Sandra Fluke (second from left) sits down with “The View” co-hosts. (Lou Rocco/ABC)

The radio host had commented on Fluke after she testified to congressional Democrats in support of their national health-care policy, which would compel her Jesuit college’s health plan to cover her birth control.

“I don’t think that a statement like this, issued saying that his ‘choice of words was not the best,’ changes anything,” Fluke told “The View” Mother Superior Babs Walter on Monday, in response to Walters’s question: “Do you accept his apology?”

“What does it say about the college coed [Sandra] Fluke who goes before a congressional committee and essentially says that she must be paid to have sex?” Limbaugh said last week on his popular syndicated radio show. “What does that make her? It makes her a slut, right? Makes her a prostitute. She wants to be paid to have sex. She’s having so much sex she can’t afford the contraceptives. She wants you and me and the taxpayers to pay her to have sex.”

The next day on his show, Limbaugh suggested that Fluke post videos of her sex activity “so taxpayers can see what we’re getting for our money.”

On Saturday, however, he issued a statement online saying that “my choice of words was not the best, and in the attempt to be humorous, I created a national stir. I sincerely apologize to Ms. Fluke for the insulting word choice.”

On Monday’s “The View,” co-host Joy Behar was surprised that Limbaugh had not called Fluke to apologize. “I think his statements that he made on the air about me have been personal enough,” Fluke said, “so I’d rather not have a personal phone call from him.”

Besides, Fluke told the ladies of “The View, this “was not someone who made one accidental statement. This was three days of significant portions of his three-hour show. He insulted me and the women of Georgetown who have received no apology. He insulted us over 53 times.”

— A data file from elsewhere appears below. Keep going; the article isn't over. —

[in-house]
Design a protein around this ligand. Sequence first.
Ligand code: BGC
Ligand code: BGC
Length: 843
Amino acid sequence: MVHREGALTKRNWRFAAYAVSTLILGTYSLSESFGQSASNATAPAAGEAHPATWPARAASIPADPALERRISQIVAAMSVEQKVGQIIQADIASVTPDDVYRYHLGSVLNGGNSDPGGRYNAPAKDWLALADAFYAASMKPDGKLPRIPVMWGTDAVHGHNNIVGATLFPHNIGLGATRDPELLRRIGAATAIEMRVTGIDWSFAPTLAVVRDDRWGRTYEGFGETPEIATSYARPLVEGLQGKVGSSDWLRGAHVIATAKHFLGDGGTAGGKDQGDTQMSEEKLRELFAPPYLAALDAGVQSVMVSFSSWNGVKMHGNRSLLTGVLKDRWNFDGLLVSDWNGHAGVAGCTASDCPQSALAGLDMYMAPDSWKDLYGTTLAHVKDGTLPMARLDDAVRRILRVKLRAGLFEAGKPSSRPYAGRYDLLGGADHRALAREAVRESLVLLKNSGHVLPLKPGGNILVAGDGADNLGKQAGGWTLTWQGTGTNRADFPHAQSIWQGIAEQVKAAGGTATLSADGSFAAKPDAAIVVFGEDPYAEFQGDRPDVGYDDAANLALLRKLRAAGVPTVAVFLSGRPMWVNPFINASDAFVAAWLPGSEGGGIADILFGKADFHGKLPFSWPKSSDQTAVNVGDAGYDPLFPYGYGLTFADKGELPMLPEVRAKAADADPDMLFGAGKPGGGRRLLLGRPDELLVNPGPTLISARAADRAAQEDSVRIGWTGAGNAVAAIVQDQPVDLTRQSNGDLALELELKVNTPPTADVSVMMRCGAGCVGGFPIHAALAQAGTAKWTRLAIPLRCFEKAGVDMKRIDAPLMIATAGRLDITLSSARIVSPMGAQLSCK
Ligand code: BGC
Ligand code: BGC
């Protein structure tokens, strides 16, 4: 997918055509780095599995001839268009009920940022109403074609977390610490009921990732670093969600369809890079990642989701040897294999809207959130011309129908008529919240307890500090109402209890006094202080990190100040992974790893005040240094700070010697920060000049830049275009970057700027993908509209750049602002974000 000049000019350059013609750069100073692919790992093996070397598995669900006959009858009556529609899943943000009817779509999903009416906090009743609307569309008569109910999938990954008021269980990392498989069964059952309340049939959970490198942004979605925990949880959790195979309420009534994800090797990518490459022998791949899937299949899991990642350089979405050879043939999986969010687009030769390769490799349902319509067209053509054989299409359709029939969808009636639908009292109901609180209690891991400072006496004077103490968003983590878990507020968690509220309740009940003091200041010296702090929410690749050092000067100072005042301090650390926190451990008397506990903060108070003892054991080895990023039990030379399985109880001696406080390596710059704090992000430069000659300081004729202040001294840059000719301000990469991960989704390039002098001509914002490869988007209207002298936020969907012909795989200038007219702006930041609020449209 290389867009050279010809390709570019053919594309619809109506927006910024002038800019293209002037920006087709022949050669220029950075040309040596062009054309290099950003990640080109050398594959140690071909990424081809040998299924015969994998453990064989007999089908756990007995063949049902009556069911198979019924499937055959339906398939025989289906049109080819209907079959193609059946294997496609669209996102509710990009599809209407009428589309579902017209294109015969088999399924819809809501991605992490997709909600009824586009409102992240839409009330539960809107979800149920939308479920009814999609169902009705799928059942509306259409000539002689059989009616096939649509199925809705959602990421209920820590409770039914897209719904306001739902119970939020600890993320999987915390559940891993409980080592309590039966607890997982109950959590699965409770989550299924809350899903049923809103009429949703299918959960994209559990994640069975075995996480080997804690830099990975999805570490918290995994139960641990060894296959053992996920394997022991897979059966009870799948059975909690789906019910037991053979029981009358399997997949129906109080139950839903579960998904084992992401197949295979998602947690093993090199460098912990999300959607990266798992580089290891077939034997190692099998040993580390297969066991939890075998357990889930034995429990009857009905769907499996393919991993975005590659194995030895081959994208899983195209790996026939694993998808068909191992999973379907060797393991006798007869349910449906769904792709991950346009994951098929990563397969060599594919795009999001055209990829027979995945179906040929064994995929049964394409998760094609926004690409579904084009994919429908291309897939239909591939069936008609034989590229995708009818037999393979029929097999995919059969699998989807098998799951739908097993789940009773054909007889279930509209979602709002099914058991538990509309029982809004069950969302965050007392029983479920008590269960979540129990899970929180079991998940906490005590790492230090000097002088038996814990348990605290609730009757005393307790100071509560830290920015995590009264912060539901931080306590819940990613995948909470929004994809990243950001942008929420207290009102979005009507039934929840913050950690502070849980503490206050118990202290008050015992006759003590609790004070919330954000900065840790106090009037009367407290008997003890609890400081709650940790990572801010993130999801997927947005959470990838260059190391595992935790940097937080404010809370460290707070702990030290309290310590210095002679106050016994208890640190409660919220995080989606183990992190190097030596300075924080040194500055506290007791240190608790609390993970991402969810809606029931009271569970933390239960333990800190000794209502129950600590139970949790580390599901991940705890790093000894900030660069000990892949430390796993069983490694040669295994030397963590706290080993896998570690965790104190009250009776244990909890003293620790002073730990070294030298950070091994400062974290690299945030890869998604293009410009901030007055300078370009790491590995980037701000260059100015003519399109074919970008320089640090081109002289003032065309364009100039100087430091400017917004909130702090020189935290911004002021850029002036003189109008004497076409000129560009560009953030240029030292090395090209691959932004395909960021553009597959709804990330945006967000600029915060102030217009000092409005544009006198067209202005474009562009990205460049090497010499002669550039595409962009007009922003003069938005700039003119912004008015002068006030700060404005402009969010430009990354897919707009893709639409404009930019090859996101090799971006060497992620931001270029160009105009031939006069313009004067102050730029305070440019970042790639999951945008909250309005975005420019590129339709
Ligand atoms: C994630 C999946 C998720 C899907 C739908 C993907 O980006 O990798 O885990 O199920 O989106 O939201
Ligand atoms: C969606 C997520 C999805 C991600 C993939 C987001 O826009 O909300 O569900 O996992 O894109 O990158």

Asked whether she wanted Limbaugh fired, Fluke said: “I’m going to leave that up to the sponsors, to [show distributor] Clear Channel Communications, and to the members of the American public who support those companies. And what I’ll just say is that Americans have a long tradition of supporting companies that share the values that they have, and I’m sure that they will continue to uphold that tradition.”

That is just the kind of talk for which Walters had had to rap the knuckles of Behar, Whoopi Goldberg, Elisabeth Hasselbeck and Sherri Shepherd at the top of the show, before Fluke’s appearance.

After trying unsuccessfully to cut off her co-hosts as they waxed enthusiastic about the advertiser bailout on Limbaugh’s show, Walters seized control of the kitchen table at the heart of “The View” and brought them into line:

“No, advertisers should not drop out, if they like Rush Limbaugh in general,” Walters said sternly. “I’m speaking for this show. We say things on this show that people do not like. And that is one of the important parts of the show. It’s one of the reasons that I have been so proud of it, is that we have different opinions and advertisers do not drop us.

“That’s what I’ve been trying to say since we started,” Walters, who has an equity stake in the show, said peevishly.

Meanwhile, Goldberg was back on “The View” after going to Los Angeles to guest-star on one of her favorite shows, ABC’s “The Middle.” Funny thing about “The Middle”: Its star, Patricia Heaton, fled Twitter late last week after getting a Twitter thrashing over her helpful tweets to Fluke — or, as Heaton calls her, “Georgetown Gal.” Tweets like: “If every [Heaton fan on Twitter] sent Georgetown Gal one condom, her parents wouldn’t have to cancel basic cable, & she would never reproduce — sound good?”

Heaton shuttered her Twitter account and deleted her tweets, becoming the latest celebrity to learn that accounts may come and go, but incendiary tweets last forever because they get grabbed by others and re-posted.

Some time later, Heaton cautiously dipped her toe back into the murky waters of Twitter to let the world know she had apologized to Fluke, tweeting: “I may not agree with her views but I didn’t treat her with respect and I’m sorry. I was wrong. Mea Culpa.”